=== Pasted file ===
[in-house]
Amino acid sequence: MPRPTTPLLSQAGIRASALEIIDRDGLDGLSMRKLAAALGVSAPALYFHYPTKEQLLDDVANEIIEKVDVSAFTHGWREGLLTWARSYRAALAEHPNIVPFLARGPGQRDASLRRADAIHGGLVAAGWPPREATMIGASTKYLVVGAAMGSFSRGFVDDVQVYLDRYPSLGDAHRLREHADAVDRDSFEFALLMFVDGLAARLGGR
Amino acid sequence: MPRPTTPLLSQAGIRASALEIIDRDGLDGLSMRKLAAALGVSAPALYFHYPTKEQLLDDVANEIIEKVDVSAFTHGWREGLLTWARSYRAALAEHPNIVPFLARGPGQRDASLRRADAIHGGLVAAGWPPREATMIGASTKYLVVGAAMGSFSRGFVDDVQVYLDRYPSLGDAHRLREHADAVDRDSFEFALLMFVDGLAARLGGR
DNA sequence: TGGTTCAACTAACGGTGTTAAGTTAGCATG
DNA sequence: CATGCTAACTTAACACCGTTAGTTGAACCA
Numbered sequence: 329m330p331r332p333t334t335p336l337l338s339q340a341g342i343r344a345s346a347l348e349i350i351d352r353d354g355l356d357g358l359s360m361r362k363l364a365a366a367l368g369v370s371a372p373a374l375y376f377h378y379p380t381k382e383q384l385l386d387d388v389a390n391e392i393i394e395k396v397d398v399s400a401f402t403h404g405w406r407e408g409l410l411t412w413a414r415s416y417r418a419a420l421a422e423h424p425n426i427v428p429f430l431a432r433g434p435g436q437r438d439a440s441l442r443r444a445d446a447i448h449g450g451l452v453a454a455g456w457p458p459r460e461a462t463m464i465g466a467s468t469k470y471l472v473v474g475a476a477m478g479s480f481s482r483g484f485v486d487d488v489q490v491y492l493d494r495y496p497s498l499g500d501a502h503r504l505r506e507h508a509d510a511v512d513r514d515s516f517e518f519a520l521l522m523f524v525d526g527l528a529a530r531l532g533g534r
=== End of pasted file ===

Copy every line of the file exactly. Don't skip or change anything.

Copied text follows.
[in-house]
Amino acid sequence: MPRPTTPLLSQAGIRASALEIIDRDGLDGLSMRKLAAALGVSAPALYFHYPTKEQLLDDVANEIIEKVDVSAFTHGWREGLLTWARSYRAALAEHPNIVPFLARGPGQRDASLRRADAIHGGLVAAGWPPREATMIGASTKYLVVGAAMGSFSRGFVDDVQVYLDRYPSLGDAHRLREHADAVDRDSFEFALLMFVDGLAARLGGR
Amino acid sequence: MPRPTTPLLSQAGIRASALEIIDRDGLDGLSMRKLAAALGVSAPALYFHYPTKEQLLDDVANEIIEKVDVSAFTHGWREGLLTWARSYRAALAEHPNIVPFLARGPGQRDASLRRADAIHGGLVAAGWPPREATMIGASTKYLVVGAAMGSFSRGFVDDVQVYLDRYPSLGDAHRLREHADAVDRDSFEFALLMFVDGLAARLGGR
DNA sequence: TGGTTCAACTAACGGTGTTAAGTTAGCATG
DNA sequence: CATGCTAACTTAACACCGTTAGTTGAACCA
Numbered sequence: 329m330p331r332p333t334t335p336l337l338s339q340a341g342i343r344a345s346a347l348e349i350i351d352r353d354g355l356d357g358l359s360m361r362k363l364a365a366a367l368g369v370s371a372p373a374l375y376f377h378y379p380t381k382e383q384l385l386d387d388v389a390n391e392i393i394e395k396v397d398v399s400a401f402t403h404g405w406r407e408g409l410l411t412w413a414r415s416y417r418a419a420l421a422e423h424p425n426i427v428p429f430l431a432r433g434p435g436q437r438d439a440s441l442r443r444a445d446a447i448h449g450g451l452v453a454a455g456w457p458p459r460e461a462t463m464i465g466a467s468t469k470y471l472v473v474g475a476a477m478g479s480f481s482r483g484f485v486d487d488v489q490v491y492l493d494r495y496p497s498l499g500d501a502h503r504l505r506e507h508a509d510a511v512d513r514d515s516f517e518f519a520l521l522m523f524v525d526g527l528a529a530r531l532g533g534r